It was the perfect short set up, in hindsight? It was trading at five or six times book; it was listed on the AIM. Muddy Waters spun the narrative, with Woodford at the time, that blew up and killed retail money. There was a bunch of UK retail shareholder money in Burford that Carson knew didn’t understand the accounting, so if there was any whiff of something that didn’t look right, they would just flee the stocks. When I first looked at it, that was what I saw; that this is just the ultimate set up.

Analyst 1: It wasn’t just retail. I knew tons of event books who were saying, my smart friend has a big position in Burford and thinks it’s a compounder; I have 1.5% in Burford, on the thesis it’s a compounder and they’re going to uplist from AIM at some point and I’ll get that pop. I can’t tell you how many friends emailed me. We had talked about it and, as soon as the Muddy Waters piece came out, they were out because they couldn’t understand any of it; they had done pretty much no work on it.

Analyst 3: One of the things that I think is worth mentioning too is that they got a lot of slack for their fair value accounting. There is a lot made up about whether it’s more important to be conservative or right. Forget about whether you can or can’t do fair value accounting. The thing that I thought was just so funny was that I spent all my time on the public side, but I would go to private equity meetings occasionally and, obviously, I spent a lot of time with Gerchen Keller and a few of the other litigation finance players. You go to these private equity AGMs and, particularly for the bigger funds, it’s a bunch of people saying, why aren’t we getting this written up?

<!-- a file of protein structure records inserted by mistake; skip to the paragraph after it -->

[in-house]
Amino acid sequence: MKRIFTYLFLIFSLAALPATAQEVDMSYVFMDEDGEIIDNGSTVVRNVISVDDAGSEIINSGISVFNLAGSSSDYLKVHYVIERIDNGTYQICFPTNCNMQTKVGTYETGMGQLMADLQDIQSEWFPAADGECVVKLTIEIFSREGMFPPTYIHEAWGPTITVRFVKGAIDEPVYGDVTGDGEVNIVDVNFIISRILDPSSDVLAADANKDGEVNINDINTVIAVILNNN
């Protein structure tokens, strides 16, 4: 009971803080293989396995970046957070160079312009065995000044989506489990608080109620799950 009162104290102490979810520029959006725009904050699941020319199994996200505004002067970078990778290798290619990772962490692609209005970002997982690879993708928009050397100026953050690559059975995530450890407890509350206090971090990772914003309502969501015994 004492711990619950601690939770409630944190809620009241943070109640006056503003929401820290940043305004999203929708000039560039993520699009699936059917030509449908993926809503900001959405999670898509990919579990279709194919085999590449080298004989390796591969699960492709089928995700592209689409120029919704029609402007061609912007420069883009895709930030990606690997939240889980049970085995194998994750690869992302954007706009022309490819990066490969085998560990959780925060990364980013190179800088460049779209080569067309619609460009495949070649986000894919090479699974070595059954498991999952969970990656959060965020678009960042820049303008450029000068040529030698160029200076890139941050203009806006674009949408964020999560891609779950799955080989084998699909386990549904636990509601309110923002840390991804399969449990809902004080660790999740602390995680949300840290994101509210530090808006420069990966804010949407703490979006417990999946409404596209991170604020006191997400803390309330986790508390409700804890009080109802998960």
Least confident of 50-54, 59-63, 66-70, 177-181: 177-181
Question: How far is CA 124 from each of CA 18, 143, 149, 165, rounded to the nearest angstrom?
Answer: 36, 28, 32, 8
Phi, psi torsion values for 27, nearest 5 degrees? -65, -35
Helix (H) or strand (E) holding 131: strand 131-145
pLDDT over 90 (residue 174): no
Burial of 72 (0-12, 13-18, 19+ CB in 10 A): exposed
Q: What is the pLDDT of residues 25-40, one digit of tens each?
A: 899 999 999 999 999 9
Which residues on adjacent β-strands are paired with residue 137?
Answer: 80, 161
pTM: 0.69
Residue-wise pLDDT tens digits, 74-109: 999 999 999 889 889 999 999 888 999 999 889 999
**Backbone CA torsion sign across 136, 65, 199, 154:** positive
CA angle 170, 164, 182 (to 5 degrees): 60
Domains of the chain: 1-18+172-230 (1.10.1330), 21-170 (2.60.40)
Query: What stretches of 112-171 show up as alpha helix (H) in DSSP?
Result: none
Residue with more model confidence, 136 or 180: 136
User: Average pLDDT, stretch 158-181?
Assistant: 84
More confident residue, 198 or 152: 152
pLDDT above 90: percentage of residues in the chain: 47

You’re telling me all these great things about this business; why aren’t you writing it up? They get pissed off, as an LP, if you can’t go back to your CIO and get a write up and, basically, show what is happening. You had all these public shareholders that didn’t really understand. They have third party investors that need market to market accounting and you are basically saying, no, no; you should just hold this, at cost, for seven years. Good luck with that; that’s not realistic. There is enough there to scare some. By default, you have to have trust in some of these things because they are really complicated. Even if you had all the underlying data and knew everything about every case, many of us wouldn’t be in a place to even underwrite them anyway.

Analyst 2: I would like to ask the group, how do you know that management has integrity? I did a lot of work around the sector, in 2019, to understand the players, the dynamics, the moat. Management is very smart and I think they are very energetic. What they have done from scratch is impressive and admirable. But I could never answer that question as to whether they definitely had high integrity. I still can’t say yes or no. I just don’t know. How do you know?